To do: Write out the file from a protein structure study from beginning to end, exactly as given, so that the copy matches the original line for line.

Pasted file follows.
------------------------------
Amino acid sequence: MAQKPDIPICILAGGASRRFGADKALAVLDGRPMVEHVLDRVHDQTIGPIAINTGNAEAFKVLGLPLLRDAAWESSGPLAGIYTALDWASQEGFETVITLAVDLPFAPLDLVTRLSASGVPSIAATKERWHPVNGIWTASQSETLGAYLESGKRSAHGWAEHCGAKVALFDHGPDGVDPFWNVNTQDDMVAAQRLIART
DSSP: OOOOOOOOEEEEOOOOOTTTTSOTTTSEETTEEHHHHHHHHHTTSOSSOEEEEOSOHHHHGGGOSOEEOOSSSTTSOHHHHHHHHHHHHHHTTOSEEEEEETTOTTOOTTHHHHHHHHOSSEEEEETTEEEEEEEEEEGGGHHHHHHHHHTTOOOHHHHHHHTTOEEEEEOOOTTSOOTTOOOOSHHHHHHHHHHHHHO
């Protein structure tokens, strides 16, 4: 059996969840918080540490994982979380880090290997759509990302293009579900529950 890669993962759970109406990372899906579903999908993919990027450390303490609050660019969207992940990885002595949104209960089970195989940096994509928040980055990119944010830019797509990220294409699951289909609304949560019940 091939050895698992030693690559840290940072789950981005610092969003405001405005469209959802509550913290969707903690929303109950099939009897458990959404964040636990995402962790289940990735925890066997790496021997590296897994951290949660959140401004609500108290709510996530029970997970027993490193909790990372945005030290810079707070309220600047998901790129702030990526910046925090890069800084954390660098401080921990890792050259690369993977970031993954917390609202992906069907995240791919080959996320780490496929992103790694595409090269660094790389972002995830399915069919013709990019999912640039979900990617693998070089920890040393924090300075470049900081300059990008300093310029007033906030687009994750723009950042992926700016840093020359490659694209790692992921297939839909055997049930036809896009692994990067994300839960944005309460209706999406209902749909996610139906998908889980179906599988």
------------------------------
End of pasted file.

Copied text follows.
Amino acid sequence: MAQKPDIPICILAGGASRRFGADKALAVLDGRPMVEHVLDRVHDQTIGPIAINTGNAEAFKVLGLPLLRDAAWESSGPLAGIYTALDWASQEGFETVITLAVDLPFAPLDLVTRLSASGVPSIAATKERWHPVNGIWTASQSETLGAYLESGKRSAHGWAEHCGAKVALFDHGPDGVDPFWNVNTQDDMVAAQRLIART
DSSP: OOOOOOOOEEEEOOOOOTTTTSOTTTSEETTEEHHHHHHHHHTTSOSSOEEEEOSOHHHHGGGOSOEEOOSSSTTSOHHHHHHHHHHHHHHTTOSEEEEEETTOTTOOTTHHHHHHHHOSSEEEEETTEEEEEEEEEEGGGHHHHHHHHHTTOOOHHHHHHHTTOEEEEEOOOTTSOOTTOOOOSHHHHHHHHHHHHHO
């Protein structure tokens, strides 16, 4: 059996969840918080540490994982979380880090290997759509990302293009579900529950 890669993962759970109406990372899906579903999908993919990027450390303490609050660019969207992940990885002595949104209960089970195989940096994509928040980055990119944010830019797509990220294409699951289909609304949560019940 091939050895698992030693690559840290940072789950981005610092969003405001405005469209959802509550913290969707903690929303109950099939009897458990959404964040636990995402962790289940990735925890066997790496021997590296897994951290949660959140401004609500108290709510996530029970997970027993490193909790990372945005030290810079707070309220600047998901790129702030990526910046925090890069800084954390660098401080921990890792050259690369993977970031993954917390609202992906069907995240791919080959996320780490496929992103790694595409090269660094790389972002995830399915069919013709990019999912640039979900990617693998070089920890040393924090300075470049900081300059990008300093310029007033906030687009994750723009950042992926700016840093020359490659694209790692992921297939839909055997049930036809896009692994990067994300839960944005309460209706999406209902749909996610139906998908889980179906599988």